No television debates before the next General Election? Conservatives reluctant to give Ed Miliband and Nick Clegg an equal platform in 2015

The three 90-minute debates before the last election attracted huge audiences

The Conservatives may be cooling on the idea of repeating the televised debates between the three main party leaders in 2010 at the next general election.

Although David Cameron’s aides denied he wants to duck a re-run of the US Presidential-style debates held two years ago, Labour, the Liberal Democrats and broadcasters fear that the Tories may throw up obstacles to re-running them next time.

When Mr Cameron failed to win an overall majority in 2015, some senior Tories argued he had been wrong to demand Britain’s first TV election showdowns.  Next time, some Tory advisers may argue that, as Prime Minister, he should not allow Ed Miliband and Nick Clegg an equal platform.

In public, the Tories are unlikely to oppose a re-run, which would be criticised as an attempt to stifle the democratic process. The three 90-minute debates last time attracted huge audiences, the first one drawing almost 10m people.  But other parties suspect the Tories may make unrealistic demands in the negotiations on how the debates would work that could prevent the parties and broadcasters reaching agreement.  Such stalling tactics have  been used by parties in previous elections when they did not believe debates would be to their advantage.

Talks between the parties and TV companies are due to start shortly.  Although many politicians thought the debates would become a permanent feature of UK elections, the broadcasters’ fears were voiced today by Nick Robinson, the BBC’s political editor.  He said no one should assume a second series will happen. “I am beginning to hear doubts about whether agreement will be possible for debates in 2015,” he said. “Many Conservatives are convinced that the 2010 debates ended David Cameron’s hopes of securing a majority. They gave Nick Clegg a huge boost and the hullabaloo that surrounded them diverted the spotlight from Gordon Brown’s record.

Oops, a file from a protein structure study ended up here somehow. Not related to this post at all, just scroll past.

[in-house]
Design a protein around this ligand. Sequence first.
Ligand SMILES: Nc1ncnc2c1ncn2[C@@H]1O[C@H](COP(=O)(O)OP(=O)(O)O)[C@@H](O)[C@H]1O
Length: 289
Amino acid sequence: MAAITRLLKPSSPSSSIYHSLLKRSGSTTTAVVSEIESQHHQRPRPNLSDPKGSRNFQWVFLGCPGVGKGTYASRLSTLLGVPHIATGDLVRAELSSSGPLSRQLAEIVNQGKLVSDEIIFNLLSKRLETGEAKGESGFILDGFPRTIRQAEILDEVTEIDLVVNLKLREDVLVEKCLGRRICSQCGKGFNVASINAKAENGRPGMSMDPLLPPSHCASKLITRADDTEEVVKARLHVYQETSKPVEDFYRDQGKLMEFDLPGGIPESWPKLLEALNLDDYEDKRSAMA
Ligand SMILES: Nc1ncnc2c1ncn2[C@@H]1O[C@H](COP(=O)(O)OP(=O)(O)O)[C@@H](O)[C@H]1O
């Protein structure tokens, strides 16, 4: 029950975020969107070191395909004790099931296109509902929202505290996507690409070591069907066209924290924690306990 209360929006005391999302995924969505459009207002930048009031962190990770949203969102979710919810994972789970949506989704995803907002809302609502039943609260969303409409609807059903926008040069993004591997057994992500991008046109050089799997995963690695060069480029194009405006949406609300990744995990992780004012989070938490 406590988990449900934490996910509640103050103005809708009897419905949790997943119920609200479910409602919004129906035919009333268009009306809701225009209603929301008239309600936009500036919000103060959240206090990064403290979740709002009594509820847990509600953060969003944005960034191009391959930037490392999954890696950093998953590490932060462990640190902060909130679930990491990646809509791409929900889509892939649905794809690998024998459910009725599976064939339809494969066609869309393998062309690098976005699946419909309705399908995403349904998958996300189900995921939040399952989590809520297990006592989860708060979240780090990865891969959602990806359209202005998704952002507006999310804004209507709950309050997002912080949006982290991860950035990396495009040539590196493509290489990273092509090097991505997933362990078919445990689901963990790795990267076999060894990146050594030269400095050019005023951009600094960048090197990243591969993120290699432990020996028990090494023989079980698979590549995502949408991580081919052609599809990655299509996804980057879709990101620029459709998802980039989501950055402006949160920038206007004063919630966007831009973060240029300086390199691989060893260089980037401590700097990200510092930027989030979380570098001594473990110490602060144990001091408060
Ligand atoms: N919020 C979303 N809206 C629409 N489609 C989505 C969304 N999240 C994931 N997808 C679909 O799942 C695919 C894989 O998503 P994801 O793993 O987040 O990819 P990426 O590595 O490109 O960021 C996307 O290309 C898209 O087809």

“Some close to Mr Cameron will argue that he should not make the same mistake twice. Why risk giving a platform to Ed Miliband to establish himself in the public mind as a potential prime minister?”

If the debates go ahead, they are bound to be very different to 2010 since the Tories and Liberal Democrats will defend the Coalition’s record, potentially giving their leaders an advantage over Labour. At the same time, Mr Clegg will want to fight the election as an independent party and “differentiate” from the Tories.

A Labour source said: “What we hear on the grapevine is very worrying. If the Tories back away from something which engaged the electorate, we will not let them wriggle off lightly.”  Mr Miliband wants to open up the debates more to the audience, so that the public get a right of reply after the three leaders have answered their question.